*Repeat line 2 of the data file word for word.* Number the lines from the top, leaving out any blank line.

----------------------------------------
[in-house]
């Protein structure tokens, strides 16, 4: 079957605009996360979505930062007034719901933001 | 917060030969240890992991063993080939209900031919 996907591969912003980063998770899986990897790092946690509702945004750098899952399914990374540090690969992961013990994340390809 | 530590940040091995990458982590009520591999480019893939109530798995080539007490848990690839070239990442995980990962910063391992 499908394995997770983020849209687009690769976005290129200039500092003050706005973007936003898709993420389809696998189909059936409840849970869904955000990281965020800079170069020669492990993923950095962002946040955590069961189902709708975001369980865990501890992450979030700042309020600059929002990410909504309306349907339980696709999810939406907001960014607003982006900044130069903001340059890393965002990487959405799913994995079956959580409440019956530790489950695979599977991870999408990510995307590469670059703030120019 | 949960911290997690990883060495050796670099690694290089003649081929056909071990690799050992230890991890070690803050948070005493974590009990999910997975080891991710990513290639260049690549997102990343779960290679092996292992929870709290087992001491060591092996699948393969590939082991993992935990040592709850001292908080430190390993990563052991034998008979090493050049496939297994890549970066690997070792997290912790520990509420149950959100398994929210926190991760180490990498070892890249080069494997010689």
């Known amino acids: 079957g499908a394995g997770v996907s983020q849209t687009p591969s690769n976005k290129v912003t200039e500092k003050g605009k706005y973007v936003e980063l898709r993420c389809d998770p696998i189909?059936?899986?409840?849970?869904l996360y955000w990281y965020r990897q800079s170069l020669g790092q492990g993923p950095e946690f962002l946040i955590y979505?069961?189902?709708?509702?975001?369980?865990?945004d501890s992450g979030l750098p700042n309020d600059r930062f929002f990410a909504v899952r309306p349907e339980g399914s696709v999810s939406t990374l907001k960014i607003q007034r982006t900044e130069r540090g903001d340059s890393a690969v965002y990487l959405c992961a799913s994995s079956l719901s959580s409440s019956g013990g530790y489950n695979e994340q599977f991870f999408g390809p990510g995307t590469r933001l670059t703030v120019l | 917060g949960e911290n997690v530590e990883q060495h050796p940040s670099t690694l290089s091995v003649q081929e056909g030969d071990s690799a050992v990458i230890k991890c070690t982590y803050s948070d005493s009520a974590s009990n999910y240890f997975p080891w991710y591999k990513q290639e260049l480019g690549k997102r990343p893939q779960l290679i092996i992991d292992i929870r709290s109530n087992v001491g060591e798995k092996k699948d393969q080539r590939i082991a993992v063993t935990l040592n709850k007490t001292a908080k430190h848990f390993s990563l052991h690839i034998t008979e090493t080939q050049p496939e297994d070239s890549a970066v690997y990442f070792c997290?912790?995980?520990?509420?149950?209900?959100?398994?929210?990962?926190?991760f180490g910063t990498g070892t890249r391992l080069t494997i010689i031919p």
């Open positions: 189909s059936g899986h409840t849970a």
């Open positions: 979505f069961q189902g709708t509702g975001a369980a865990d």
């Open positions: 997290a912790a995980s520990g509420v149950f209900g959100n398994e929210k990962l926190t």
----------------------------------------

């Protein structure tokens, strides 16, 4: 079957605009996360979505930062007034719901933001 | 917060030969240890992991063993080939209900031919 996907591969912003980063998770899986990897790092946690509702945004750098899952399914990374540090690969992961013990994340390809 | 530590940040091995990458982590009520591999480019893939109530798995080539007490848990690839070239990442995980990962910063391992 499908394995997770983020849209687009690769976005290129200039500092003050706005973007936003898709993420389809696998189909059936409840849970869904955000990281965020800079170069020669492990993923950095962002946040955590069961189902709708975001369980865990501890992450979030700042309020600059929002990410909504309306349907339980696709999810939406907001960014607003982006900044130069903001340059890393965002990487959405799913994995079956959580409440019956530790489950695979599977991870999408990510995307590469670059703030120019 | 949960911290997690990883060495050796670099690694290089003649081929056909071990690799050992230890991890070690803050948070005493974590009990999910997975080891991710990513290639260049690549997102990343779960290679092996292992929870709290087992001491060591092996699948393969590939082991993992935990040592709850001292908080430190390993990563052991034998008979090493050049496939297994890549970066690997070792997290912790520990509420149950959100398994929210926190991760180490990498070892890249080069494997010689």